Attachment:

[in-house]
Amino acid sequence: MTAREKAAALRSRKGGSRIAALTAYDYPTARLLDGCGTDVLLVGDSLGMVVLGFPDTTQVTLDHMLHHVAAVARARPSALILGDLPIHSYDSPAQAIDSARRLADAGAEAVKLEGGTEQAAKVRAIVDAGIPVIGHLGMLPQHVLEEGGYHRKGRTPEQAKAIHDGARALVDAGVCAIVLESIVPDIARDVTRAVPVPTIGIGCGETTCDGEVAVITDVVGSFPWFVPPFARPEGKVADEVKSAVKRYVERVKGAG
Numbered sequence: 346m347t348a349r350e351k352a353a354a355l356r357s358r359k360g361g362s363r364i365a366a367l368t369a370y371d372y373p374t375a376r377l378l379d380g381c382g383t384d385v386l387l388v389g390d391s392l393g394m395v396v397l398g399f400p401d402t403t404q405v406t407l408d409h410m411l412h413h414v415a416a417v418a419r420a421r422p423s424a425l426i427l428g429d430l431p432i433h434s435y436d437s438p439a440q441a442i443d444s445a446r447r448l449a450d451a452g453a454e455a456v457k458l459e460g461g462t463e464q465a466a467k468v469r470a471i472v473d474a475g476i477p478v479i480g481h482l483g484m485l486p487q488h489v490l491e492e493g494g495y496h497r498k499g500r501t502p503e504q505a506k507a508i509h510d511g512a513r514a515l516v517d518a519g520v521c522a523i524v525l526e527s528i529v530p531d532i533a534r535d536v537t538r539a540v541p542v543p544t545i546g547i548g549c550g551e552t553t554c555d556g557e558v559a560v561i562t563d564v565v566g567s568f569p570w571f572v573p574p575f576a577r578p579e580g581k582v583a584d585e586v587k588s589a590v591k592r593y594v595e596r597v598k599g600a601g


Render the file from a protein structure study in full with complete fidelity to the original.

[in-house]
Amino acid sequence: MTAREKAAALRSRKGGSRIAALTAYDYPTARLLDGCGTDVLLVGDSLGMVVLGFPDTTQVTLDHMLHHVAAVARARPSALILGDLPIHSYDSPAQAIDSARRLADAGAEAVKLEGGTEQAAKVRAIVDAGIPVIGHLGMLPQHVLEEGGYHRKGRTPEQAKAIHDGARALVDAGVCAIVLESIVPDIARDVTRAVPVPTIGIGCGETTCDGEVAVITDVVGSFPWFVPPFARPEGKVADEVKSAVKRYVERVKGAG
Numbered sequence: 346m347t348a349r350e351k352a353a354a355l356r357s358r359k360g361g362s363r364i365a366a367l368t369a370y371d372y373p374t375a376r377l378l379d380g381c382g383t384d385v386l387l388v389g390d391s392l393g394m395v396v397l398g399f400p401d402t403t404q405v406t407l408d409h410m411l412h413h414v415a416a417v418a419r420a421r422p423s424a425l426i427l428g429d430l431p432i433h434s435y436d437s438p439a440q441a442i443d444s445a446r447r448l449a450d451a452g453a454e455a456v457k458l459e460g461g462t463e464q465a466a467k468v469r470a471i472v473d474a475g476i477p478v479i480g481h482l483g484m485l486p487q488h489v490l491e492e493g494g495y496h497r498k499g500r501t502p503e504q505a506k507a508i509h510d511g512a513r514a515l516v517d518a519g520v521c522a523i524v525l526e527s528i529v530p531d532i533a534r535d536v537t538r539a540v541p542v543p544t545i546g547i548g549c550g551e552t553t554c555d556g557e558v559a560v561i562t563d564v565v566g567s568f569p570w571f572v573p574p575f576a577r578p579e580g581k582v583a584d585e586v587k588s589a590v591k592r593y594v595e596r597v598k599g600a601g